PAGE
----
Men who have sex with men (MSM) are disproportionately impacted by sexually transmitted infections (STIs), but many engage in condomless sex. One factor contributing to condomless sex may be an assumption of low risk of STIs from physically attractive partners. The present study tested the effect of partner attractiveness on perceived STI risk and condom use intentions and examined two mechanisms believed to underlie this effect: implicit personality theory and motivated reasoning. Participants were 197 MSM who viewed photos of attractive and unattractive men and responded to items assessing perceptions of the men’s positive traits and STI risk, as well as motivation to have sex with the men and condom use intentions. Sexual arousal was manipulated. Attractiveness reduced perceived STI risk and condom use intentions by increasing both positive perceptions of and motivation to have sex with the person. Findings were not influenced by arousal.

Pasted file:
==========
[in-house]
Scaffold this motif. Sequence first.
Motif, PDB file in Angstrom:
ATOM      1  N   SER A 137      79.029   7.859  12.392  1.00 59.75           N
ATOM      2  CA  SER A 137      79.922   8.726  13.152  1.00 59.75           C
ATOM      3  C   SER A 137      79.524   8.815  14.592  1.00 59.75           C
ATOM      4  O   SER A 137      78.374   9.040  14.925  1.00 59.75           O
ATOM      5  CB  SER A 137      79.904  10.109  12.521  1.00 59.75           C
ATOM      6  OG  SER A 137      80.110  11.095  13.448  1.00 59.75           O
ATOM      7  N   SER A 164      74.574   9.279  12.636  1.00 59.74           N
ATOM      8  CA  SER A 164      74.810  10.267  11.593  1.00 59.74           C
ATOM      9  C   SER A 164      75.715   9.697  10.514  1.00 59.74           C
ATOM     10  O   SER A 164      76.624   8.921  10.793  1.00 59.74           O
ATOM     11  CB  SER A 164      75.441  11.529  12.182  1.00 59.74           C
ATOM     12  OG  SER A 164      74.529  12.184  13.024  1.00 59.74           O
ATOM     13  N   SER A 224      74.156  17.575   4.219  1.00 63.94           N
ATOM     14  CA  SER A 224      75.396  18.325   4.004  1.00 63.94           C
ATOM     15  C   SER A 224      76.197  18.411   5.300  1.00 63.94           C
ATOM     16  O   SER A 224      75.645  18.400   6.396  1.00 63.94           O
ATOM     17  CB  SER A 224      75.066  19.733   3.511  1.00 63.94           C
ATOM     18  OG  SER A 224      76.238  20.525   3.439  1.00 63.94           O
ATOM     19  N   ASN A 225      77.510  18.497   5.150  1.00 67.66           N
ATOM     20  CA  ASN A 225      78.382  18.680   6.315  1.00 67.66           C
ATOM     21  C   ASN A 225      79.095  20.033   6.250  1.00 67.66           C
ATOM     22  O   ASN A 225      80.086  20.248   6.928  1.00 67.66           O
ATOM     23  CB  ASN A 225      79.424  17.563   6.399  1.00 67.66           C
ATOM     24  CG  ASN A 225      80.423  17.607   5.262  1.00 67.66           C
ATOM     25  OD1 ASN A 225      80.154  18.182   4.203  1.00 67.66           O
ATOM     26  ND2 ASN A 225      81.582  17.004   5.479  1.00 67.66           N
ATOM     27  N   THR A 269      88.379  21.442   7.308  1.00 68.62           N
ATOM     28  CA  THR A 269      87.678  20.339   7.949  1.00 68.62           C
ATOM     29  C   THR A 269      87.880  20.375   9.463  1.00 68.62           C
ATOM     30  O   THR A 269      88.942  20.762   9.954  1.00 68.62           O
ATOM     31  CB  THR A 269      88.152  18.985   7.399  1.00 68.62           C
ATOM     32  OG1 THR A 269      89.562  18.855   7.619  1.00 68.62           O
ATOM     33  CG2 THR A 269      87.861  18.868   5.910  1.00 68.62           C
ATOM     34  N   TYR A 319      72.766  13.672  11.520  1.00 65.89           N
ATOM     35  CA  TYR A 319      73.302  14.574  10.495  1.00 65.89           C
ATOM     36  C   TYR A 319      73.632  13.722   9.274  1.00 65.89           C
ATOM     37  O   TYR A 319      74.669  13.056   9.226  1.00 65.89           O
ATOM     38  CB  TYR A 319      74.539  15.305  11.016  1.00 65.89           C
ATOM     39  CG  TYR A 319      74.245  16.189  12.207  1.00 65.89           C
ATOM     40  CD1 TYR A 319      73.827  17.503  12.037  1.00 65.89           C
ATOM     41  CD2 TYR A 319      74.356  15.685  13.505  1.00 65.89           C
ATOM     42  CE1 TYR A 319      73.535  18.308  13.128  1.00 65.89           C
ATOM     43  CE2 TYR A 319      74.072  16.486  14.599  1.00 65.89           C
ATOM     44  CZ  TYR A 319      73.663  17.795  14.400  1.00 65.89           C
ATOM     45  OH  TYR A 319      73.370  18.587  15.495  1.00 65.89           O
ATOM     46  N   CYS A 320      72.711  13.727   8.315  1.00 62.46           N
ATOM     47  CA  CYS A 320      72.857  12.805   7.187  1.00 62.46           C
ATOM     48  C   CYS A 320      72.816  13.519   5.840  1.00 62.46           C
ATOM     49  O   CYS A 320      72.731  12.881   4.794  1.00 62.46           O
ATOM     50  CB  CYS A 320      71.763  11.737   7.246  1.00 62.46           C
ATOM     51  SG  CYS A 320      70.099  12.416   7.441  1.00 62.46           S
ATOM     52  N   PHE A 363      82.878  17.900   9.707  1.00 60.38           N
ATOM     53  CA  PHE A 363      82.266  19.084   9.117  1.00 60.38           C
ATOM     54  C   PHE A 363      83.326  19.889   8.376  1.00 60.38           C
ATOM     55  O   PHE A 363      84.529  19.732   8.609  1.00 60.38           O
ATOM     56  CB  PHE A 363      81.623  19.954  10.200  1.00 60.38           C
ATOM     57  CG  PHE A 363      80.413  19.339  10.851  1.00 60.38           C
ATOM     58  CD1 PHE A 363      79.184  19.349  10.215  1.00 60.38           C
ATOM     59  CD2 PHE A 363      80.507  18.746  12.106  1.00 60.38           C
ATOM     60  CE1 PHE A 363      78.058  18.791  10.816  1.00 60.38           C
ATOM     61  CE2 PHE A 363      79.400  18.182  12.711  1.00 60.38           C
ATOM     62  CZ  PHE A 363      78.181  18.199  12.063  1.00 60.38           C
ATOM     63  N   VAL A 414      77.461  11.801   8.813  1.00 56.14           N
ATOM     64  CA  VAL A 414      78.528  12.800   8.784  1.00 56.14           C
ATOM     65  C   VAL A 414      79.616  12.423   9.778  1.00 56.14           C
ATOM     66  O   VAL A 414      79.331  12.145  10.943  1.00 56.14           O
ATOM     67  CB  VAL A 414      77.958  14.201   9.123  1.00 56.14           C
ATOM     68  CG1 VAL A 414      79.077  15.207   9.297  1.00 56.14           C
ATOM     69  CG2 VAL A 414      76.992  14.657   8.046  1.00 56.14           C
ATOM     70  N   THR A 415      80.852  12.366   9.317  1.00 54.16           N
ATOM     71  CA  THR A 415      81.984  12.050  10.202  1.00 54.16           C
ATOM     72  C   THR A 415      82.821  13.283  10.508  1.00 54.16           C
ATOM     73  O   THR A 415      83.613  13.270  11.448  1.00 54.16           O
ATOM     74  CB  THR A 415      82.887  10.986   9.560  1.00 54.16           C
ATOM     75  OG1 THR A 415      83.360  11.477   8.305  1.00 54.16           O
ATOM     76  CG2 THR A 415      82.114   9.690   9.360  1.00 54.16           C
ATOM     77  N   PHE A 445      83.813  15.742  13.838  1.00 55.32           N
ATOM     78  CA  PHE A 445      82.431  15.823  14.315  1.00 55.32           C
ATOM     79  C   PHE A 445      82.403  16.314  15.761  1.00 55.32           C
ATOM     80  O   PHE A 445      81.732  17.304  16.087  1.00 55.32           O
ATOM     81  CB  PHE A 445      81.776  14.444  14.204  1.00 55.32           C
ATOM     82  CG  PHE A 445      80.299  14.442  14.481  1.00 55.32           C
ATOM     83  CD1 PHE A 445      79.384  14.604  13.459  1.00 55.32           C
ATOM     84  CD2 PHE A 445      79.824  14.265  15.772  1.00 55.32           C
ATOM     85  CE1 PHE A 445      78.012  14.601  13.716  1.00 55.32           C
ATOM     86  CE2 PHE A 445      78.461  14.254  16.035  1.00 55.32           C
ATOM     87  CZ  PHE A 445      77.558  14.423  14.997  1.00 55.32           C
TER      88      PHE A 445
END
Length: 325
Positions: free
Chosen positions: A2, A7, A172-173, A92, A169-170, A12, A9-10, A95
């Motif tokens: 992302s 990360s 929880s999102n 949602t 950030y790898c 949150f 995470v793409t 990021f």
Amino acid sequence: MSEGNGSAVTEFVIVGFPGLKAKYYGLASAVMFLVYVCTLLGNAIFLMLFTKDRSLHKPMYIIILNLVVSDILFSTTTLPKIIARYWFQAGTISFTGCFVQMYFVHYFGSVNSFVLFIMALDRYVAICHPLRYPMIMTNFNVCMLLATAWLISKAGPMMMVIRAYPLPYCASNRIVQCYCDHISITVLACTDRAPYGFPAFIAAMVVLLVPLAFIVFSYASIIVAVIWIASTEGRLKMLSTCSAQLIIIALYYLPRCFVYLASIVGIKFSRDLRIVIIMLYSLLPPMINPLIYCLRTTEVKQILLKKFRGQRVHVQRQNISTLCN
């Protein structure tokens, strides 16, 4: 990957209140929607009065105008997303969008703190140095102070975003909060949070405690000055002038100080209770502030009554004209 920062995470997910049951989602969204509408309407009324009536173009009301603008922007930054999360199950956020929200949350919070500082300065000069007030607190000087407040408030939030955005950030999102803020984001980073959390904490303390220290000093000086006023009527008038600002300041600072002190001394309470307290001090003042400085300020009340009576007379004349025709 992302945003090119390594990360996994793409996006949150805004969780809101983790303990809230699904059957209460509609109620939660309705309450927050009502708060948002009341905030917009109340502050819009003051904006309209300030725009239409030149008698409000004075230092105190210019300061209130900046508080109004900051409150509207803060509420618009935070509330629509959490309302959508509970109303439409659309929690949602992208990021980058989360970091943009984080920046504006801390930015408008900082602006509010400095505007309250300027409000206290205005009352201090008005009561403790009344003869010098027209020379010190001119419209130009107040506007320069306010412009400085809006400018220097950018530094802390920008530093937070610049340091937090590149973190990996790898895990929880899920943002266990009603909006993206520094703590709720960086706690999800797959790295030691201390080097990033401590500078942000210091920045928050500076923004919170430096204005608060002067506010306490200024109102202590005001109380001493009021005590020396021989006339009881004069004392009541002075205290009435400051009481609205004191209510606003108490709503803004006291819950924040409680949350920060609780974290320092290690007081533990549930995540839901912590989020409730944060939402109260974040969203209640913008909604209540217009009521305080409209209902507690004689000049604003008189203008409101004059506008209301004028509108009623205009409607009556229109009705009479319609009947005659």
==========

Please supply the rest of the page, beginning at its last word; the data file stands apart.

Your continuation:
ASJC Scopus subject areas
- Gender Studies
- Sociology and Political Science
- History and Philosophy of Science